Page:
"Twilight Zone" Premiere
Updated: Jan 4, 2022
October 2, 1959, "The Twilight Zone", created by science fiction screenwriter, playwright, television producer, Rod Serling, premiered as an anthology television series and ran on CBS for five seasons from 1959 to 1964. Serling was also the host, in which he has gained iconic cult status. The episodes (shot entirely in black and white), are in various genres, including fantasy, science fiction, absurdism, dystopian fiction, suspense, horror, supernatural drama, black comedy, and psychological thriller, often concluding with a macabre or unexpected twist, and usually with a moral. Many of the issues dealt with isolation and the human condition. A popular and critical success, it introduced many Americans to common science fiction and fantasy tropes.
The Twilight Zone aired for five seasons (the first three presented half-hour episodes, the fourth had hour-long episodes, and the fifth returned to the half-hour format). It won many television and drama awards and drew critical acclaim for Serling and his co-workers. Although it had loyal fans, "The Twilight Zone" had only moderate ratings and was twice canceled and revived. After five years and 156 episodes (92 written by Serling), he grew weary of the series. In 1964, he decided not to oppose its third and final cancellation. Here is more interesting background about Rod Serling and the creation of Twilight Zone series:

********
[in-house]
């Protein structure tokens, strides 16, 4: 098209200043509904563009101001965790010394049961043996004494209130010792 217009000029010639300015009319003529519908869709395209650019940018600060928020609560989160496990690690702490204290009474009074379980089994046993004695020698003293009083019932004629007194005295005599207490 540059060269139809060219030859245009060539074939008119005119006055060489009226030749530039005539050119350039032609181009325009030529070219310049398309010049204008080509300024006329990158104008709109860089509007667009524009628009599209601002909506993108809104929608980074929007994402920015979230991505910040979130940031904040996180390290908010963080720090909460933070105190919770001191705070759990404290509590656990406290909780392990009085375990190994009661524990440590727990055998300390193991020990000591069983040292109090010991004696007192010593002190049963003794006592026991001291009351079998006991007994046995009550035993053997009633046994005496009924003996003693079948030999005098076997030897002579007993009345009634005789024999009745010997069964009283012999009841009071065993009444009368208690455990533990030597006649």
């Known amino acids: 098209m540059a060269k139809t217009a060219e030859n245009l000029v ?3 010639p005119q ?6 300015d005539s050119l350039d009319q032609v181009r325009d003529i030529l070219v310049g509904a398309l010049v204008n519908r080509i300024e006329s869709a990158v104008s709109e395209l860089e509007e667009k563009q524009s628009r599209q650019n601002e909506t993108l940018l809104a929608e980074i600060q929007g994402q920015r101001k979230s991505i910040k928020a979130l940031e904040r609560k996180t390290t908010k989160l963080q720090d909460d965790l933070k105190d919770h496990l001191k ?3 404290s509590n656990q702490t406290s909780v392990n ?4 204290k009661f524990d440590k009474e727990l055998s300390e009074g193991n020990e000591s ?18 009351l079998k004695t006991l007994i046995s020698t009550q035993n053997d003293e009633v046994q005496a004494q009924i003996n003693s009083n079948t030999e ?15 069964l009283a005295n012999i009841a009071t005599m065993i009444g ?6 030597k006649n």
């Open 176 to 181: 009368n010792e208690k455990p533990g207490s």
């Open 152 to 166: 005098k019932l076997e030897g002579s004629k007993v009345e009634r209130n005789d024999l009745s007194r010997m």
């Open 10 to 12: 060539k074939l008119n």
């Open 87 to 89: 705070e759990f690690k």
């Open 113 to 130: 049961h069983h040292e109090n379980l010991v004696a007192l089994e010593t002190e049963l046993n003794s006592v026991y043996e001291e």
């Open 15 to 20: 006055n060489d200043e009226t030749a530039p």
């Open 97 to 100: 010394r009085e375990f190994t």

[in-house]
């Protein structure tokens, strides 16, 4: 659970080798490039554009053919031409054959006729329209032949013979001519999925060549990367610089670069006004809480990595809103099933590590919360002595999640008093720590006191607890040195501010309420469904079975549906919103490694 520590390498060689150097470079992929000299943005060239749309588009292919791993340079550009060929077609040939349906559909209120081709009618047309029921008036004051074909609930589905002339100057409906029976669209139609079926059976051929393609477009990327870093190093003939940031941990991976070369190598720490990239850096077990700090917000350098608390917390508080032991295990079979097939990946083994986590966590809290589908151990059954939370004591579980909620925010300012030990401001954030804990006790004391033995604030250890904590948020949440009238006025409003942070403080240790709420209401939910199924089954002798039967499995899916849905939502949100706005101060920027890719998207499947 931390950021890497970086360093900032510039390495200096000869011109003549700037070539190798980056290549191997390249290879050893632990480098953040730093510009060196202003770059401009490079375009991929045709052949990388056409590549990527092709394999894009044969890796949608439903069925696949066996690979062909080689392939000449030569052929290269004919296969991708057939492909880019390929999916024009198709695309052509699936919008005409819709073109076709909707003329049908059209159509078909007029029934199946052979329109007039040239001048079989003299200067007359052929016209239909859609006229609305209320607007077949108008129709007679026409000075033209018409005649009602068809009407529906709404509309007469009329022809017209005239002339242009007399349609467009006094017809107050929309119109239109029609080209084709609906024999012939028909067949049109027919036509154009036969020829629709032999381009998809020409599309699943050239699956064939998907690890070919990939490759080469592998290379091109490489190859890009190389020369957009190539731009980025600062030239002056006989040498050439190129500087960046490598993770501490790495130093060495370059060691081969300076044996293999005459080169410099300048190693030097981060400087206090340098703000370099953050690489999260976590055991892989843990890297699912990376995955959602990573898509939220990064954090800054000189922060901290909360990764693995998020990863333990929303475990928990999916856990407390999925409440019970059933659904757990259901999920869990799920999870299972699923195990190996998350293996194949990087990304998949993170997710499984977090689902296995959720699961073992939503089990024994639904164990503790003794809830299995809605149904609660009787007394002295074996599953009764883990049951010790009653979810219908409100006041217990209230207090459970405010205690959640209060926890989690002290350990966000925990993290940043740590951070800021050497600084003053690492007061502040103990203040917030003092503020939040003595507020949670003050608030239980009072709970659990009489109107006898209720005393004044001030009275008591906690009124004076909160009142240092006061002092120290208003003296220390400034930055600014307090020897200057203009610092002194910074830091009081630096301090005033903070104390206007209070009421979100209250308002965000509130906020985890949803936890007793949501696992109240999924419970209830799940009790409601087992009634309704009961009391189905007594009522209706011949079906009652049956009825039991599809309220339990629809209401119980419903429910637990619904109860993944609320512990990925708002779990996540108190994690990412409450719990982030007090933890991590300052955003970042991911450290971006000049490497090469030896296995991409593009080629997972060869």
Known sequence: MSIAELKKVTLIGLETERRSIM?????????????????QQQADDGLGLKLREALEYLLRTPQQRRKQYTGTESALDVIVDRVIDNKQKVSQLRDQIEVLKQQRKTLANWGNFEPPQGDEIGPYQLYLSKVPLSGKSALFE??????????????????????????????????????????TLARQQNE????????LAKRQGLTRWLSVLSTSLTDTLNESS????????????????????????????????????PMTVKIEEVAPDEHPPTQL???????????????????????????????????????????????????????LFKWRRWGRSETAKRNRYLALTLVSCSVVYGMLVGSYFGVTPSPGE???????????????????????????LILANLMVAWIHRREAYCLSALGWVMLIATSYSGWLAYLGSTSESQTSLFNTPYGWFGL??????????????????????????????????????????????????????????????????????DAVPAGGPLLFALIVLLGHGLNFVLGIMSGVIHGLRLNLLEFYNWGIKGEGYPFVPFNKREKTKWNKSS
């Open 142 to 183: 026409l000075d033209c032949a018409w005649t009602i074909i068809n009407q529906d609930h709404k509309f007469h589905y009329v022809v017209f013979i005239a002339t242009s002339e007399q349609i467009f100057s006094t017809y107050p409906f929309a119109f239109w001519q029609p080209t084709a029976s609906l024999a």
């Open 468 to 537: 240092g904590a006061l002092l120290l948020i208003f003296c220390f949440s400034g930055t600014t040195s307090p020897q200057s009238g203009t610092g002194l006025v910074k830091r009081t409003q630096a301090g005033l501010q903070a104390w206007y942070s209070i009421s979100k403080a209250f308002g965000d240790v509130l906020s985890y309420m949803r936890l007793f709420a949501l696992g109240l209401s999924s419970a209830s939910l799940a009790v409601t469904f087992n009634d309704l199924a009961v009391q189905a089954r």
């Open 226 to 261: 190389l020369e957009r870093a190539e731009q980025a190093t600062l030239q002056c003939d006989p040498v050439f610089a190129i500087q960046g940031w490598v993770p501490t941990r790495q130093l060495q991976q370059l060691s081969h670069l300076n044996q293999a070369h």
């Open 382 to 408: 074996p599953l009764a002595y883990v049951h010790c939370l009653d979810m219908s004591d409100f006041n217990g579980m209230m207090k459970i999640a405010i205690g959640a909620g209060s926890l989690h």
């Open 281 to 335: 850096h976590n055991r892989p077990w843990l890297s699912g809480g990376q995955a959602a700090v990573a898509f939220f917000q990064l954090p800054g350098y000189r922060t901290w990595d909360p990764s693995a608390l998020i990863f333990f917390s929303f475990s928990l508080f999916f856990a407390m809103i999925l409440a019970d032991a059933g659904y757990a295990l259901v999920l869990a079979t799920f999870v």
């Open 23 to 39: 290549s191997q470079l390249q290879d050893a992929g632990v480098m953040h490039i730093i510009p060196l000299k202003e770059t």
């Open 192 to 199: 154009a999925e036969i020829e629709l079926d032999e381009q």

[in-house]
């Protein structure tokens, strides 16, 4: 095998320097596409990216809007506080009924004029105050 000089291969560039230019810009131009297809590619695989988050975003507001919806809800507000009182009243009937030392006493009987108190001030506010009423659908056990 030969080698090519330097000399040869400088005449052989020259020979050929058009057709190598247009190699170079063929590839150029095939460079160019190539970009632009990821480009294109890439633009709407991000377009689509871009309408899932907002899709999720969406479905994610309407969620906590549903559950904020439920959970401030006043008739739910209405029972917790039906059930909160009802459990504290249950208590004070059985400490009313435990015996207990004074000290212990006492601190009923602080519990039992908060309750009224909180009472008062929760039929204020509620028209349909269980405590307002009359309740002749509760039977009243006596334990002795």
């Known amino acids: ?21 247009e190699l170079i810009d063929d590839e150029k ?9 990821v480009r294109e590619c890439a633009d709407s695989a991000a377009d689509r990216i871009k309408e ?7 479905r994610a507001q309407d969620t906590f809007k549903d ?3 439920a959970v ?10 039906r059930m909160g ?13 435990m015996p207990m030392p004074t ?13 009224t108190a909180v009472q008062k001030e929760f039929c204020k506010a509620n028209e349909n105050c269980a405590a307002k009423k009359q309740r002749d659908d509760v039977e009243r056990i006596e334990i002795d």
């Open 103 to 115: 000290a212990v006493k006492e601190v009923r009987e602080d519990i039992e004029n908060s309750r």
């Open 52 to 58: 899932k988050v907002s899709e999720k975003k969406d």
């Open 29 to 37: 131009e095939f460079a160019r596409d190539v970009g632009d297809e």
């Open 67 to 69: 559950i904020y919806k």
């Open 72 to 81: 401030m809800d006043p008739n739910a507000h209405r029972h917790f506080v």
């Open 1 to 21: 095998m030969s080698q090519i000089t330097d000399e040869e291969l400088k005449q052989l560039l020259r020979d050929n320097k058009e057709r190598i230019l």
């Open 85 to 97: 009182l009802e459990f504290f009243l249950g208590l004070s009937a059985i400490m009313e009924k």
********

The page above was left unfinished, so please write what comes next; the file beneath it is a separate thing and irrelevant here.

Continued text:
Mr. Serling incorporated his protest against prejudice in vivid dialogue and sound situations. He made his point that hate for a fellow being leads only to the ultimate destruction of the bigoted.
Serling worried that television was on the verge of suffering the same decline as radio. He encouraged sponsors to see television as a platform for the kind of dramatic entertainment that could address important social matters through subtle meanings, instead of being "an animated billboard. Here is a more personal look at Rod Serling being interviewed by Mike Wallace:
In 2016, the series was ranked No. 7 on Rolling Stone's list of the 100 greatest shows of all time. TV Guide ranked the original TV series #5 in their 2013 list of the 60 greatest shows of all time and #4 in their list of the 60 greatest dramas.
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